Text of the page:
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Best Buy Goes After Budding E-Bike Market

Published May 15, 2009


MINNEAPOLIS, MN—Electric bikes will soon be displayed alongside flat-screen TVs, gaming systems and refrigerators as Best Buy adds the budding category to the vast array of products it sells.

“Best Buy will be piloting electric-powered personal transportation products at some of our stores on the West Coast later this spring,” said Paula Baldwin, senior manager for Best Buy public relations.

Currie Technologies, the country’s biggest e-bike distributor, will provide Best Buy with six Izip models ranging in price from $499 to $2,000. The Southern California-based company will also sell two of its electric scooters priced at $299 and $599 through the mass merchant, said Currie president Larry Pizzi.

“There could be a larger rollout as we approach this holiday season,” Pizzi said, adding that the e-bikes will be sold in 20 Best Buy stores.

London-based Ultra Motor, which introduced its A2B electric bike to U.S. dealers at Interbike last year, also will sell some models through Best Buy. Company representatives could not be reached for comment.

“We’re encouraging Best Buy to have diversity [of brands],” Pizzi said. “We hope that many others participate.”

Best Buy is willing to take a chance on new product. Not long ago, the consumer electronics giant set aside an area in its stores to showcase and sell musical instruments.

Pizzi thinks Best Buy sees another opportunity to sell outside the box with e-bikes. “They see specialty retailers not diving in head first,” Pizzi said.

In general, specialty bike dealers have been slow to embrace electric bikes, something e-bike expert Ed Benjamin attributes to their pervasive enthusiast-driven culture.

“Many IBDs have an ‘I don’t need no stinking motor’ culture that has really inhibited them from taking electric seriously,” said Benjamin, managing director of Benjamin Consulting. “My experience is that most consumers do not have this block and embrace powered bikes. On this point, Best Buy would be superior because they are about selling things and making money, rather than a lifestyle or bike culture.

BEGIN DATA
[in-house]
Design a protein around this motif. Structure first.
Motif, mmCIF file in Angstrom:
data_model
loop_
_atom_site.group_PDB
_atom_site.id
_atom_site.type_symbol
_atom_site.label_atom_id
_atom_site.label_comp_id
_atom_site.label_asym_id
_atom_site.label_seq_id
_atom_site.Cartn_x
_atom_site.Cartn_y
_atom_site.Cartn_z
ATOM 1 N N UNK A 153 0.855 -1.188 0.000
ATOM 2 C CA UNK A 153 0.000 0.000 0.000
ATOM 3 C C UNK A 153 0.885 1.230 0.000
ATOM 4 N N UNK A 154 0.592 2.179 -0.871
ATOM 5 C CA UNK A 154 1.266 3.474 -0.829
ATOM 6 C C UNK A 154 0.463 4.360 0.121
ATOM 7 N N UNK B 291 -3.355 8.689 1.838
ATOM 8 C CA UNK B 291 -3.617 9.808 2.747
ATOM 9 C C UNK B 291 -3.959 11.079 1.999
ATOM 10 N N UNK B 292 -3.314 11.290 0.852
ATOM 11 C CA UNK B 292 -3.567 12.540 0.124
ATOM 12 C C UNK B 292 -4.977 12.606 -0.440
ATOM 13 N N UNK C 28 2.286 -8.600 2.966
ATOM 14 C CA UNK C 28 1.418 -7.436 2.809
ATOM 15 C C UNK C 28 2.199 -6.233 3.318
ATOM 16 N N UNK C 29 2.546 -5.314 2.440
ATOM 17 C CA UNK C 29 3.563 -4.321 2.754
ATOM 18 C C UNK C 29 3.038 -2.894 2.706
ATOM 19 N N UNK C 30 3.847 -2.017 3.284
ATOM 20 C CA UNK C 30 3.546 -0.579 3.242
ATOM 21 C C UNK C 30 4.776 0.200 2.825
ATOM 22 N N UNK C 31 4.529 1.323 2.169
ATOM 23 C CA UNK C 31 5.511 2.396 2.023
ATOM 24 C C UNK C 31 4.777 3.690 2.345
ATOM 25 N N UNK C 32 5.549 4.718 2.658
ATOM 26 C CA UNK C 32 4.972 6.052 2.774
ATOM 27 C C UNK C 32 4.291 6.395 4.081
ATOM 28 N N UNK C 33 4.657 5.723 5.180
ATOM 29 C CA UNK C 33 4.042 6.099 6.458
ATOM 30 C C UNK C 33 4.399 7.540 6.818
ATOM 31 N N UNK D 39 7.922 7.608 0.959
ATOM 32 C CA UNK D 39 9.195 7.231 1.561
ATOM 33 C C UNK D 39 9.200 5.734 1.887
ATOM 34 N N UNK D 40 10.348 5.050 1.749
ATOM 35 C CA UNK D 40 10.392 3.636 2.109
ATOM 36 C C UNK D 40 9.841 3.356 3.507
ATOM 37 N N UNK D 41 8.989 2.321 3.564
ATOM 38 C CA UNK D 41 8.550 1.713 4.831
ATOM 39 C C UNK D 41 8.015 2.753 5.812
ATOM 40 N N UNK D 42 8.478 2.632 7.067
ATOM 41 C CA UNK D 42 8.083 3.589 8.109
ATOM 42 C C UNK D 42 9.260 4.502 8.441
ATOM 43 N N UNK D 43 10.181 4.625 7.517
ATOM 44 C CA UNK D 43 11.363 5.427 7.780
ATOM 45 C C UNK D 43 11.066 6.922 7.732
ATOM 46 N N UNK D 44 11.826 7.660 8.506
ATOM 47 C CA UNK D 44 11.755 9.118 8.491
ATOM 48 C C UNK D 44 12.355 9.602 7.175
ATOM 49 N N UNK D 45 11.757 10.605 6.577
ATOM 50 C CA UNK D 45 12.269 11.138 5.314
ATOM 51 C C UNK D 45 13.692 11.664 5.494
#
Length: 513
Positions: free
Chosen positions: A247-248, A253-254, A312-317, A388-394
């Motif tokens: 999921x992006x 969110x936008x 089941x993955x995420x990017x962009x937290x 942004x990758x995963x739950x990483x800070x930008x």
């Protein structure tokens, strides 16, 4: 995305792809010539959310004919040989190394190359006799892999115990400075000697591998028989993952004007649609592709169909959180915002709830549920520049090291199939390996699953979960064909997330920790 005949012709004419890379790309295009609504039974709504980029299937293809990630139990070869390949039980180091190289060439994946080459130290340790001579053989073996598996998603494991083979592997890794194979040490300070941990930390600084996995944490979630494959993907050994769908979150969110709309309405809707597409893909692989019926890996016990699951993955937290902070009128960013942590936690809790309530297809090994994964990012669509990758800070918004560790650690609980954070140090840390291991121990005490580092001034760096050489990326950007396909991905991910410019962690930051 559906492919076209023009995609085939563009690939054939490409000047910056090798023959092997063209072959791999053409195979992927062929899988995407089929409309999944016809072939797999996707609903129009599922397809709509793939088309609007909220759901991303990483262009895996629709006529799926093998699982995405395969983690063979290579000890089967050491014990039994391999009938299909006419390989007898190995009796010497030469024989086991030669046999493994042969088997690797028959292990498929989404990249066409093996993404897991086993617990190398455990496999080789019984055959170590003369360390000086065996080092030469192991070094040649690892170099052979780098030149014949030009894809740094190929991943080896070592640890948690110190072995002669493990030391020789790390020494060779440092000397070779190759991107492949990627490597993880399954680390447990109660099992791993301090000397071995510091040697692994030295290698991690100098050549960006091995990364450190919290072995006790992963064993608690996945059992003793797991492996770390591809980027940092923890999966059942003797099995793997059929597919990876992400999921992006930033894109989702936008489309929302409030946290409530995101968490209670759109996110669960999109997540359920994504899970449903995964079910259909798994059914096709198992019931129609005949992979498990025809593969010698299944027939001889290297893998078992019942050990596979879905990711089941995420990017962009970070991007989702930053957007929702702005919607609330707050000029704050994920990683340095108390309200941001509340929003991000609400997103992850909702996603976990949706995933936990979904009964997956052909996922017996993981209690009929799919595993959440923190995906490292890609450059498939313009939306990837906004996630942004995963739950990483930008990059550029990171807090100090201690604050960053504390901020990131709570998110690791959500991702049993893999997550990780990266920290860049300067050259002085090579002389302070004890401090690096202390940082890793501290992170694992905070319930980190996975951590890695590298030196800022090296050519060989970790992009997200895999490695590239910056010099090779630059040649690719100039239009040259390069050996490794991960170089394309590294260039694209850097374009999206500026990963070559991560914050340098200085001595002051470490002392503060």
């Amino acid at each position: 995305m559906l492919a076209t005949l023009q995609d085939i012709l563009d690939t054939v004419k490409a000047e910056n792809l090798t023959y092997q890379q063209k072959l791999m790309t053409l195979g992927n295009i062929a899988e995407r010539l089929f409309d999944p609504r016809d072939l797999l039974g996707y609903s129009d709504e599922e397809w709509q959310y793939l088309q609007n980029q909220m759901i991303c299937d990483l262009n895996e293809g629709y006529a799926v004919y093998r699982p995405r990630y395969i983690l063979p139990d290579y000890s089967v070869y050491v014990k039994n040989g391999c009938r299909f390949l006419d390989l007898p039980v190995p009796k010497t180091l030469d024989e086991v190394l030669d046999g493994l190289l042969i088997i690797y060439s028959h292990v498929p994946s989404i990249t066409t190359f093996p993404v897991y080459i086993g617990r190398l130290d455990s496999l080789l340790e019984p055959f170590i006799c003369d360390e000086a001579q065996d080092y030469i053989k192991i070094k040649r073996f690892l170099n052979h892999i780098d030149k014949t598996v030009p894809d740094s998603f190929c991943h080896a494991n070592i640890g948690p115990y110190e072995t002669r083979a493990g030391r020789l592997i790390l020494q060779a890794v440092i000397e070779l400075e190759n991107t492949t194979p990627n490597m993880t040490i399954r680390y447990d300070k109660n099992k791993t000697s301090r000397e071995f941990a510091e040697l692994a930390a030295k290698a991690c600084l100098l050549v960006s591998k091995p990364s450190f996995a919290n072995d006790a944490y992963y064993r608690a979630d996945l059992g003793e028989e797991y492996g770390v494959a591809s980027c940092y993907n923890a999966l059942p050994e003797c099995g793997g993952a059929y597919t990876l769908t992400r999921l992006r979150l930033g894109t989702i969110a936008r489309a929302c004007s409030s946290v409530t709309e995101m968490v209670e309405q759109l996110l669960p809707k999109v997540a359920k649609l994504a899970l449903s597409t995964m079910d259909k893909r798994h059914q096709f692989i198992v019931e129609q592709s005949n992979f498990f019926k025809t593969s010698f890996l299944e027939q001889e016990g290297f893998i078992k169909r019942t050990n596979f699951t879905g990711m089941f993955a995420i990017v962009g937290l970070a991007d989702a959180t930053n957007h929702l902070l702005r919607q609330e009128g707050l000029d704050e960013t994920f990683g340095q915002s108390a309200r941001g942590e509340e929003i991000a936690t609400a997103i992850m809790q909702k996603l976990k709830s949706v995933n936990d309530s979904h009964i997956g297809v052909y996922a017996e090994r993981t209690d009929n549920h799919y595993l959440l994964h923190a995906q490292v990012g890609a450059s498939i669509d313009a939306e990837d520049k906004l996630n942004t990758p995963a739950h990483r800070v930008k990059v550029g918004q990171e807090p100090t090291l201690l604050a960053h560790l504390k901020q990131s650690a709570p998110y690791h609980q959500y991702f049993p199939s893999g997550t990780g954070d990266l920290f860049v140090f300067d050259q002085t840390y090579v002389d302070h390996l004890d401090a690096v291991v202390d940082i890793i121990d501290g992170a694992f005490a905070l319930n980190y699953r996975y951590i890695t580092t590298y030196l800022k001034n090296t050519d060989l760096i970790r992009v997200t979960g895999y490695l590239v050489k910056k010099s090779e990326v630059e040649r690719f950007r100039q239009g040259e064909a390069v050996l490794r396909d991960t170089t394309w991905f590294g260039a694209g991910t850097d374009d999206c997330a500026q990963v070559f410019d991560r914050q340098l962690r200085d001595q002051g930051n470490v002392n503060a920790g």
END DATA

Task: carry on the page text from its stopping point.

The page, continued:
“I see it as part of a cultural problem—asking young men with big thighs to take electric motors as seriously as their over-55 customers do is not a viable idea—partly due to the repeated bad experiences that IBDs have had with electric bikes,” Benjamin added.

Pizzi said that Currie does its largest volume in the mass channel, but that the specialty retailer is important. Currently, the company sells through between 400 and 450 U.S. specialty shops.

“Bike dealers are just not thoroughly embracing the category,” Pizzi said. Perhaps if e-bikes become more mainstream—and having them at Best Buy will help—dealers will have no choice but to “get on the bandwagon,” Pizzi said.

Some IBDs might scoff at Best Buy carrying e-bikes from a service and repair perspective, but Pizzi argues that Best Buy is more than capable of handling any mechanical issues.

“Their Geek Squad knows how to analyze electronics,” said Pizzi, adding that Best Buy can also tap into its resources in the car audio division. “Combining all those resources, they felt like they could handle this category.”

Benjamin said Best Buy will inevitably go through a learning curve.

“Best Buy will have to do a great deal to equip themselves to handle bikes in addition to computers in terms of after-sales service,” Benjamin said. “Best Buy will have a bit of a struggle with test rides. And I suspect their risk management people have not yet woken up to the dangers of selling products that involve kinetic energy, stored energy, traffic and the American consumer.”

Benjamin called e-bikes a “high information product,” where the consumer needs lots of information before making the purchase.

“Typically, mass merchants are not good at this, and are limited to whatever the consumer can read on the outside of the box, or knows already from marketing or maybe the Internet,” Benjamin said.

Despite these potential challenges, Benjamin is impressed that Best Buy is willing to give e-bikes a try.

“It looks like senior management there is taking electric vehicles very seriously, which is good news, and may change the way mass merchants do business in such products,” Benjamin said.

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